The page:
Secondary seropositive result in a case of NAM: do not hesitate to repeat the tests

Necrotising autoimmune myopathy (or NAM) is a form of myositis without significant inflammation. Just recently reported, this condition is often considered to be related to the long-term oral use of statins. It involves a growing number of individuals of all ages, including children. The clinical picture is dominated by chronic myalgia, muscle deficit of varying significance, clearly elevated creatinine phosphokinase (CPK) level and presence of necrotic fibres combined with a positive result for Class I HLA labeling. In three-quarters of cases, one notes a positive result for specific autoantibodies such as the anti-SRP and anti-HMG-CoA reductase antibodies.

In an article published in June 2020, English rheumatologists reported the unprecedented observation of a female patient of mature age (69 years), who had had myalgia for six years, exposed several times to statins, and diagnosed as having NAM, even though the initial anti-SRP and anti-HMG-CoA reductase serologies were negative. Although she was treated successfully with a combination of corticosteroids and methotrexate for several years, she presented several clinical and laboratory relapses. During one of these relapses, six years after the NAM diagnosis was established, the anti-HMG-CoA reductase serology alone proved to be positive. This argument, confirming NAM, led the medical practitioners to proposing a rituximab treatment, which proved to be spectacularly effective after two treatment cycles. In the meantime, the positive status of the serology was confirmed using a different method in a second laboratory.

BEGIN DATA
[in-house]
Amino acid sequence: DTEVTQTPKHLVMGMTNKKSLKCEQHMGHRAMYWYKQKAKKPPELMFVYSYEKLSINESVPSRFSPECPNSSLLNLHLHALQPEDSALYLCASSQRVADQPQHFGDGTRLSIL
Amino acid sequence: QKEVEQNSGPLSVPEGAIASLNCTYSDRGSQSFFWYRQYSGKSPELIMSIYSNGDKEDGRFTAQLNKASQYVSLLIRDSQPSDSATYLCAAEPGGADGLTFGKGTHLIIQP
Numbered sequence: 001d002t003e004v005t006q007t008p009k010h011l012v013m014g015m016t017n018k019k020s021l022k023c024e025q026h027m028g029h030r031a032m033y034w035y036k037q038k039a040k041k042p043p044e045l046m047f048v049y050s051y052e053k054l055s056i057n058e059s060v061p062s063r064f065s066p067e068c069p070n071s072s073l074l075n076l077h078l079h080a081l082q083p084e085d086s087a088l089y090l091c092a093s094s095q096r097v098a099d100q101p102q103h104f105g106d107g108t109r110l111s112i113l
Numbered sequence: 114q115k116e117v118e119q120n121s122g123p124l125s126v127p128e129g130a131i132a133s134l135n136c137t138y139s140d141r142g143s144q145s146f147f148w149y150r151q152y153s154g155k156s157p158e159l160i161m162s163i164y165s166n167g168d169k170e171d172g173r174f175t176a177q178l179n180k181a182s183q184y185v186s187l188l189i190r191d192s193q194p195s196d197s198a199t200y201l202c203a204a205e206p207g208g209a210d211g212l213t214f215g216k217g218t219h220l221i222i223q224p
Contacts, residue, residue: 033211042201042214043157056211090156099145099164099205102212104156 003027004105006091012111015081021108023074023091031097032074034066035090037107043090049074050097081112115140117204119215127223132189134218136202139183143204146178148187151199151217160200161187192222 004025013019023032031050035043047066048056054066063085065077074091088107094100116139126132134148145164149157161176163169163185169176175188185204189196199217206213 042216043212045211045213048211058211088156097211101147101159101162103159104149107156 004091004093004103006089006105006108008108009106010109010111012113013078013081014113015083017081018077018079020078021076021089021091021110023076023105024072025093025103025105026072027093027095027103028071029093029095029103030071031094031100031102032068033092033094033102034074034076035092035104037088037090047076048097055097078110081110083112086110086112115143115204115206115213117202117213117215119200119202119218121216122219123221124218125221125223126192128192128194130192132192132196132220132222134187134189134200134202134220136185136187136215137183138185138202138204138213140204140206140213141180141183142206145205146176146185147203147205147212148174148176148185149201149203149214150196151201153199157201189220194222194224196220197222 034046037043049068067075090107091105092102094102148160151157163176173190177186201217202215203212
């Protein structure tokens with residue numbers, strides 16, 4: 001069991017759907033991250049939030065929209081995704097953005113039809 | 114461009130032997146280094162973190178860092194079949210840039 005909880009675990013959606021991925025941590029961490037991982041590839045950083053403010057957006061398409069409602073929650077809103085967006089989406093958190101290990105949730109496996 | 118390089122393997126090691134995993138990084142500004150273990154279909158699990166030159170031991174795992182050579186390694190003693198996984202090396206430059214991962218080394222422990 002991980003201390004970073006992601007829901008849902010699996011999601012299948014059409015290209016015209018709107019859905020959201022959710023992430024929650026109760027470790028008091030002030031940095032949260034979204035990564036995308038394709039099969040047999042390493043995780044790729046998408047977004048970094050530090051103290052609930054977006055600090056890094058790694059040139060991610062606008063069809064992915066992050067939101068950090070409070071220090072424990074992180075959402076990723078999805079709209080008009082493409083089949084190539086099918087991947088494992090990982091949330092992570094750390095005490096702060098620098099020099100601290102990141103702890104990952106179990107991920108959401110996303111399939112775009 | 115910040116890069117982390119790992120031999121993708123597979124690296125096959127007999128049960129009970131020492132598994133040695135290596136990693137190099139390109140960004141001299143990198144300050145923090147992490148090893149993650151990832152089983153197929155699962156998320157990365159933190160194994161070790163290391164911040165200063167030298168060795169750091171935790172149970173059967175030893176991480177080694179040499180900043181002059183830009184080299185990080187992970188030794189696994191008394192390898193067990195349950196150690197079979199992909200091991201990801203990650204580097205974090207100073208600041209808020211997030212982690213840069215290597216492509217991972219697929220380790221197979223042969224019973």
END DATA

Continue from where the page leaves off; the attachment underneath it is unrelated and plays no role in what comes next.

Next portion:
Initial seronegative immune-mediated necrotising myopathy with subsequent anti-HMGCR antibody development and response to rituximab: case report. Thomas R, Yeoh SA, Berkeley R, Woods A, Stevens M, Marino S, Radunovic A. BMC Rheumatol. 2020 Jun 30; 4:29.